For most of us, the toughest part of graduation day is getting there, so why worry?
Yet with all the new (and most likely unrehearsed) events it can be a bit scary once the actual day comes. After all, you’re leaving high school behind for good and graduation day is what solidifies those ‘all-grown-up’ feelings. Just be glad you only have to shake hands with a few teachers and wear a silly hat…it’s a lot easier than fighting zombies.
So if you’re ready to take on graduation day like a champ, here’s what you’ll need to do.
• Know what you’re getting into – Ask alumni about the ceremony. Some schools take an hour to fork over your diploma, some take four. You and your family will much appreciate knowing whether it’s necessary to hit the bathrooms beforehand, or whether it’s safe to bring water bottle to the show.
• Brace yourself for ambivalence – Graduation brings up a whole host of bizarre feelings—you feel down because this is the last time you’ll see your classmates together in one place, giddy because the stress of high school rules and drama is over, and nostalgic for those pre-class chats, the notes passed to that guy you befriended simply because you both got a D on that test, and that one time your teacher said a swearword in class.
These feelings all combine into a whole bunch of weird that can be a little hard to take if you’re not expecting them.
• Bring a comb and mini deodorant – You want to look good for those grad pictures, but don’t forget you’ll be sitting in close contact with your peers too.
• Use graduation day as a last chance to connect with your classmates – The best way to deal with these weird feelings is to make plans for the summer—this doesn’t have to be the last time you see the friend you passed notes to, ask them to get ice cream with you over the summer! Always had a crush on your lab partner? Why not ask him/her out on a date? After all, you’ve got nothing to lose now that you’re not handling dangerous chemicals together.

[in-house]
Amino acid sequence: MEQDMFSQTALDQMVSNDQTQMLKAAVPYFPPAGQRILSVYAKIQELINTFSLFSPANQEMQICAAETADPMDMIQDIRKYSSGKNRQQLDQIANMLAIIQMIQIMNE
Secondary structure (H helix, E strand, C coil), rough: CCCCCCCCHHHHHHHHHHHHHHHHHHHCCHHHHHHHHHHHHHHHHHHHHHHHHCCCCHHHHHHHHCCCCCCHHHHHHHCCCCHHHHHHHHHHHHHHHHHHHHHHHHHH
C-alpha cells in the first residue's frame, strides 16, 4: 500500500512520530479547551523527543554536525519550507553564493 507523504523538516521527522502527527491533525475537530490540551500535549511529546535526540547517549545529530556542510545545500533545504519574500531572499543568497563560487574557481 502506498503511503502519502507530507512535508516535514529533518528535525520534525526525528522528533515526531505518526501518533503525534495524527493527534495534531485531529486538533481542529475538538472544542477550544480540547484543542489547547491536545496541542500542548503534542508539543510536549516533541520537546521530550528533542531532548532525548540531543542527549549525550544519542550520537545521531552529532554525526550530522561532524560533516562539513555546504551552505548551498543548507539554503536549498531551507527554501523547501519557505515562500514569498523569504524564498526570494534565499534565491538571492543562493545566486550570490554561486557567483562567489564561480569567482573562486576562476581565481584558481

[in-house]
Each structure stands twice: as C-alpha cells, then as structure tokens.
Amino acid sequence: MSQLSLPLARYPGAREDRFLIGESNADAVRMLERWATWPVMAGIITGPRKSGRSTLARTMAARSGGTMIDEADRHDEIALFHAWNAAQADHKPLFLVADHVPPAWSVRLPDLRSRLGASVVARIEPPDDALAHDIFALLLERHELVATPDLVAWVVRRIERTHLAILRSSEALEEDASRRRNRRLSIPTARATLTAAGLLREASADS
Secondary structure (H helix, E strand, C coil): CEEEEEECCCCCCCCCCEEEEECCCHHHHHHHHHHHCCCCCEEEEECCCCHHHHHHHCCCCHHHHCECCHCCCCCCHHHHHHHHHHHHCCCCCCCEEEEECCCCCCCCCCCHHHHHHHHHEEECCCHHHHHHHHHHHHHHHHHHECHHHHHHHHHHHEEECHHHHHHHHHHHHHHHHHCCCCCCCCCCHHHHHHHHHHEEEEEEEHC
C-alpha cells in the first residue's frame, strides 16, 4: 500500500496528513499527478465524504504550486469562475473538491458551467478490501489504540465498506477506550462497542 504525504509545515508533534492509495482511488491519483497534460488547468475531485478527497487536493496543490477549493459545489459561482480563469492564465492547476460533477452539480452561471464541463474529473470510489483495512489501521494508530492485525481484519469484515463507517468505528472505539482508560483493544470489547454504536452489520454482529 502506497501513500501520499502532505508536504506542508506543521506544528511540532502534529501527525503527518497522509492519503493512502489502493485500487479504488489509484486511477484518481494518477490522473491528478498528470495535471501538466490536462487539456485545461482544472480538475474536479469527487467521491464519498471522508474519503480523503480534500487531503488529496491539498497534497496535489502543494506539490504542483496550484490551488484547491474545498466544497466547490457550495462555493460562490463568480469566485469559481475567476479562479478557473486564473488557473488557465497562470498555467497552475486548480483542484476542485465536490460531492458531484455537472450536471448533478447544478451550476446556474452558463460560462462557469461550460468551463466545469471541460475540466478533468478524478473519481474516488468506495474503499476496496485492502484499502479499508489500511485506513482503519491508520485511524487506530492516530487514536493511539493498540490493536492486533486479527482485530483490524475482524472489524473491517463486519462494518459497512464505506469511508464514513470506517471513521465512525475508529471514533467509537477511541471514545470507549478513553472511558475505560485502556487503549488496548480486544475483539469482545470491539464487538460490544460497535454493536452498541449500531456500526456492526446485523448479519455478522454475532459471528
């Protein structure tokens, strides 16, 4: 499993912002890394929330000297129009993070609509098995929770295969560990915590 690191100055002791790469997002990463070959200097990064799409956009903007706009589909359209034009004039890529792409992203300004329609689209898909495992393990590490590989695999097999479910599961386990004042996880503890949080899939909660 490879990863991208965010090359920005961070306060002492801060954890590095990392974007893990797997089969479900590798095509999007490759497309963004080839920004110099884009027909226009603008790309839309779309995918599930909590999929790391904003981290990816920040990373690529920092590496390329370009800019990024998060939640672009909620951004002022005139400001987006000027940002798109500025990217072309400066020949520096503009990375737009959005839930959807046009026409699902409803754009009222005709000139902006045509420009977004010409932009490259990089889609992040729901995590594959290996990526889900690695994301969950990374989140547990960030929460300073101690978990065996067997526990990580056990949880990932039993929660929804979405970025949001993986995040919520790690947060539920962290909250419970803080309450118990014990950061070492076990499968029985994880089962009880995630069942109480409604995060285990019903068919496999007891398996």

If you went to a large school like me, this is especially since you probably didn’t spend as much time bonding with your classmates over the last four years. Heck, I didn’t even know half the people I graduated with!
• Don’t plan too much in one day – After graduation come the grad parties—usually starting right away. After all, families have come in from out of town and need to be entertained. As a result, you might find yourself invited to A LOT of parties the same day as graduation or the day after. If you’re invited to more than five that day, prioritize and make alternate plans. Otherwise, you’ll find yourself falling asleep on a picnic table after your tenth chicken wing and seventh slice of grad cake.
• Get all your supplies together a week before – Do you know where your cap and gown come from? Do you have to buy it or rent it? Is it delivered to school or do you have to pick it up somewhere else? These are questions you should be answering now in order to get your grad-wear early.
Why is this important? Some gowns are not entirely opaque and you’ll have to plan your under-outfit accordingly. Others have pockets in the sleeves to stash combs and mini deodorant, and some require you bring a snugly hidden bag to hide underneath. Above all, your gown is often just plain confusing put on, so it’s a good idea to try it on with parents in the room to explain how tab A fits in slit B, or how to throw the sash over your neck.
Got any tips for a killer grad day? Leave them in the comments.